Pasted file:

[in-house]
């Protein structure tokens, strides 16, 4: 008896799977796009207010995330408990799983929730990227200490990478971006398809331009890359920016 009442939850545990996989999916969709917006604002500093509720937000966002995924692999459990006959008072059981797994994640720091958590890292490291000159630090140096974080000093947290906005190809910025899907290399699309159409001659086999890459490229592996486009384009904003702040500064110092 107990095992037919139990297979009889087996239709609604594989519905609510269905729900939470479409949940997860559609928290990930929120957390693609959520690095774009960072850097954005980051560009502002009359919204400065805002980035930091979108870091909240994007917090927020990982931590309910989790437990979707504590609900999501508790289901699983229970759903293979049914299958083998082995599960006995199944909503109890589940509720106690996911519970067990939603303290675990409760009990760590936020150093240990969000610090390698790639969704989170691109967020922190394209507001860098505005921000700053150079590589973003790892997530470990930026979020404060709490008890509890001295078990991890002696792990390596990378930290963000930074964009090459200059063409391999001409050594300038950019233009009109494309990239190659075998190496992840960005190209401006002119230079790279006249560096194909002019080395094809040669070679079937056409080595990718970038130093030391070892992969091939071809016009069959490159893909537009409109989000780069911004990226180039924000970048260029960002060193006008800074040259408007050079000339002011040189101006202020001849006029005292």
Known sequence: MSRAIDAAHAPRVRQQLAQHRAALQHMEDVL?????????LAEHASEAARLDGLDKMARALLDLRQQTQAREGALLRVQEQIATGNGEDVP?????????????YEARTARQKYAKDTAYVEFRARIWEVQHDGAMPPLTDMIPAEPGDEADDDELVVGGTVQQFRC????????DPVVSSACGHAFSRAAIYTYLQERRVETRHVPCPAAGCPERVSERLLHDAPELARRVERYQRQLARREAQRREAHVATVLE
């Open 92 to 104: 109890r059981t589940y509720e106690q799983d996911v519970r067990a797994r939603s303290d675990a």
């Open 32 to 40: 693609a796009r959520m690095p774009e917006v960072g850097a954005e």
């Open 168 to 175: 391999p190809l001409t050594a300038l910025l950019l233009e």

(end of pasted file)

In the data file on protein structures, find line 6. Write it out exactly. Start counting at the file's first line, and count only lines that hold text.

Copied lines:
């Open 168 to 175: 391999p190809l001409t050594a300038l910025l950019l233009e």